Going Up River: The Long War of John Kerry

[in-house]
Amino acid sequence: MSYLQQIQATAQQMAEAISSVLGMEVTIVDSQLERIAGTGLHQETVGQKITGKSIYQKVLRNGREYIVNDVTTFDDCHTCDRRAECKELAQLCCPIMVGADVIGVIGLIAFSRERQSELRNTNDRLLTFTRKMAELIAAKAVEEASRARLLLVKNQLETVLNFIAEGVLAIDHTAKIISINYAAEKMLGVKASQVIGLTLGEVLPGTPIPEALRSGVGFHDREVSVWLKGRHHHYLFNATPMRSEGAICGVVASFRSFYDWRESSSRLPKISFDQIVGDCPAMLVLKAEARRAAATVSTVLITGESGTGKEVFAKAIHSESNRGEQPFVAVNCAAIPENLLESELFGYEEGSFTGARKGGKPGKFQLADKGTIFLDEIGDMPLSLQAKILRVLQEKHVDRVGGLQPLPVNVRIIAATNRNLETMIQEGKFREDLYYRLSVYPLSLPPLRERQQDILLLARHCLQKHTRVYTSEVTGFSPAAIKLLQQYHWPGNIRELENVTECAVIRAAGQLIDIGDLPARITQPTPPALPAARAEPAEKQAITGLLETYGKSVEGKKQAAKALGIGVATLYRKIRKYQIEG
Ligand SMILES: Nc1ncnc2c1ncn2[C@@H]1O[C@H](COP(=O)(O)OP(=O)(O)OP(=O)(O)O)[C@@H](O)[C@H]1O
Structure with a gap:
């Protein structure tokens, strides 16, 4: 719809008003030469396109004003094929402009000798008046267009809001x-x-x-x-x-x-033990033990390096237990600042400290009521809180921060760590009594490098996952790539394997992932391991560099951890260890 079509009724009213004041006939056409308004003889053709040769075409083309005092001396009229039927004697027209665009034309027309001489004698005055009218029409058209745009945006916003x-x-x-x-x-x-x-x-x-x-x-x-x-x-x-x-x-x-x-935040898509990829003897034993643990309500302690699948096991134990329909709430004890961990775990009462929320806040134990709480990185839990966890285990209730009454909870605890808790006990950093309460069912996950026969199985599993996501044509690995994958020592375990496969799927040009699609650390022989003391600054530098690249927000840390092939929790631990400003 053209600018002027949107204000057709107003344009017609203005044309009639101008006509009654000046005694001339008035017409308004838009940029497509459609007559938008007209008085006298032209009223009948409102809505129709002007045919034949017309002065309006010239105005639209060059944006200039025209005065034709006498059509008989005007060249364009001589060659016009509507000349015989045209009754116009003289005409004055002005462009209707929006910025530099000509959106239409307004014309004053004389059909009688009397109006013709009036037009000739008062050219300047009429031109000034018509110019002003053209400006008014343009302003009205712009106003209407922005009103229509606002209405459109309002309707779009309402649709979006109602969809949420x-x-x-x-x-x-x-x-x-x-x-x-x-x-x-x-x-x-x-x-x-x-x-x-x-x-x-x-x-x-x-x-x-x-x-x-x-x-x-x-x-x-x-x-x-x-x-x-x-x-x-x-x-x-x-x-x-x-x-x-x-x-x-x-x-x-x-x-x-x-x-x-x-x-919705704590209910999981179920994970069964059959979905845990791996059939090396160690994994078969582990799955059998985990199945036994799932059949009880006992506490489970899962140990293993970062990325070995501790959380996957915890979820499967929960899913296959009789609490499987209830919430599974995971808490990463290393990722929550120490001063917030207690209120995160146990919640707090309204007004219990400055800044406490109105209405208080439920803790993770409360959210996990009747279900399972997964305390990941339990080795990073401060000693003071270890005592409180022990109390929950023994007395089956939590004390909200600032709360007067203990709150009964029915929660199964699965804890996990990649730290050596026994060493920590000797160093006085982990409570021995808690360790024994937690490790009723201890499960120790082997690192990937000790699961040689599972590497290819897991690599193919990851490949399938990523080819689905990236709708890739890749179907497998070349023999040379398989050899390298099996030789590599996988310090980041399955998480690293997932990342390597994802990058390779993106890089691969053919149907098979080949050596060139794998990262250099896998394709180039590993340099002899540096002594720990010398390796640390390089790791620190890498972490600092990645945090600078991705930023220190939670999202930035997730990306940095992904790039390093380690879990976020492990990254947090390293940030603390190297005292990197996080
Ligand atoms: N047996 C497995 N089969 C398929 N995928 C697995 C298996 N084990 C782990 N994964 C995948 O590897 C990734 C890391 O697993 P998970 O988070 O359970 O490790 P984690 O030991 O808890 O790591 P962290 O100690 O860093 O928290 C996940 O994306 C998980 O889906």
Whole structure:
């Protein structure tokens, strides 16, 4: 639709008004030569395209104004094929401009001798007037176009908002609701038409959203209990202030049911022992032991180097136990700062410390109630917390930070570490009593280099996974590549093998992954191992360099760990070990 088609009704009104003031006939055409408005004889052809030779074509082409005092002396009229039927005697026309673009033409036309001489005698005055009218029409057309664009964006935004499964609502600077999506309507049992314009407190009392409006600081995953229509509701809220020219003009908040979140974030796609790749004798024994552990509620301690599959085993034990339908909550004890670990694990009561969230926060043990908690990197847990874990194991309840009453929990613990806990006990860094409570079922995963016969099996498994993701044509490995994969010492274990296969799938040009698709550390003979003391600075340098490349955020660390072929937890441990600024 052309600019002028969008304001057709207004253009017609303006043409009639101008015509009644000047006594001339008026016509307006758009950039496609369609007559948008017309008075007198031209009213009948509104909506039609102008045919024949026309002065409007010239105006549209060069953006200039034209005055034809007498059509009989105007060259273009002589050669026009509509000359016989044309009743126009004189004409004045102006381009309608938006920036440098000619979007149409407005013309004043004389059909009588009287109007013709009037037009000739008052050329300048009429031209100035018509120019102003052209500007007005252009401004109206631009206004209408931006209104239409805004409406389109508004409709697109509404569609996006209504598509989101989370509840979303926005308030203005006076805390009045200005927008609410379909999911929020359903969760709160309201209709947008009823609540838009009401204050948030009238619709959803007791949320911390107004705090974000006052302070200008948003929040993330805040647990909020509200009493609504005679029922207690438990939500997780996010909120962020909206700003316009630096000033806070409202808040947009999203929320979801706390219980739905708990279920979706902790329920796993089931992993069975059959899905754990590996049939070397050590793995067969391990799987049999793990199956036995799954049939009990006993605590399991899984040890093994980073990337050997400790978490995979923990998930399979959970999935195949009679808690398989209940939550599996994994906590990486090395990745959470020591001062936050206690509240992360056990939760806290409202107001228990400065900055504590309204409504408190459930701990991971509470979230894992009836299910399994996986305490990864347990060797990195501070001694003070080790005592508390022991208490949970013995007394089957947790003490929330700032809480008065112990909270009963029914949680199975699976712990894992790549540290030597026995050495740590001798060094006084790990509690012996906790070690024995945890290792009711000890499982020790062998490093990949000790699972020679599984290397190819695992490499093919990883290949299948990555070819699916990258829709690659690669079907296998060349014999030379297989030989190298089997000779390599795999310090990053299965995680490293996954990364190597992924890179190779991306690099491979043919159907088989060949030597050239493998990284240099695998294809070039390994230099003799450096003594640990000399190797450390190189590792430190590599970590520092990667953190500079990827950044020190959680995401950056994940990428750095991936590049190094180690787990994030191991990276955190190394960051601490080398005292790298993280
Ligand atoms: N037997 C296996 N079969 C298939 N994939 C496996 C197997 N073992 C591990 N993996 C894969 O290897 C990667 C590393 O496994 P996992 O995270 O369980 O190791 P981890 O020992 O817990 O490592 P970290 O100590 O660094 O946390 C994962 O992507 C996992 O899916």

I saw Going Up River: The Long War of John Kerry last weekend, and fully intended to comment on it, but I wasn't feeling good when I sat down to write a review. Fortunately, Kevin Drum saw the movie and wrote the very same review I had hoped to write. One thing that stood out to me about Kerry from watching this movie is just how much he is a man of strong convictions and ideals. It is precisely this quality that has forced the Republicans to attack Kerry on his flip-floppery. They’ve taken what I believe to be his biggest strength and turned it into his biggest liability. The inverse is true for Bush. I don’t think that he is the man of iron convictions and ideals that he tries to portray. His life history illustrates this. Kerry’s dedication to serving his country, not only on the battlefield, but also in protest, is inspiring to me because I got the feeling that he did it for no other reason than his idealism—he genuinely believed in what he was doing. Kerry’s detractors would like you to believe that he did this out of political opportunism, but I don’t think that is the case. Casting one’s self as an anti-war protest leader is not the easiest way to political glory, much less the Presidency. Certainly, there would have been far easier paths for John Kerry to take. I walked out of the movie with more admiration for Kerry than I had when I entered. This is because I connected with Kerry the idealist. I don’t expect him to be an idealist today, but I feel comfortable that he at least knows how it feels to believe in and act strongly for one’s ideals and convictions. I think this adds a perspective to one’s thinking that can only be gained from going through it. I do not believe that George Bush has this perspective, and never will. I also think it will require this type of perspective to adequately address some of the major issues facing the country in this election cycle.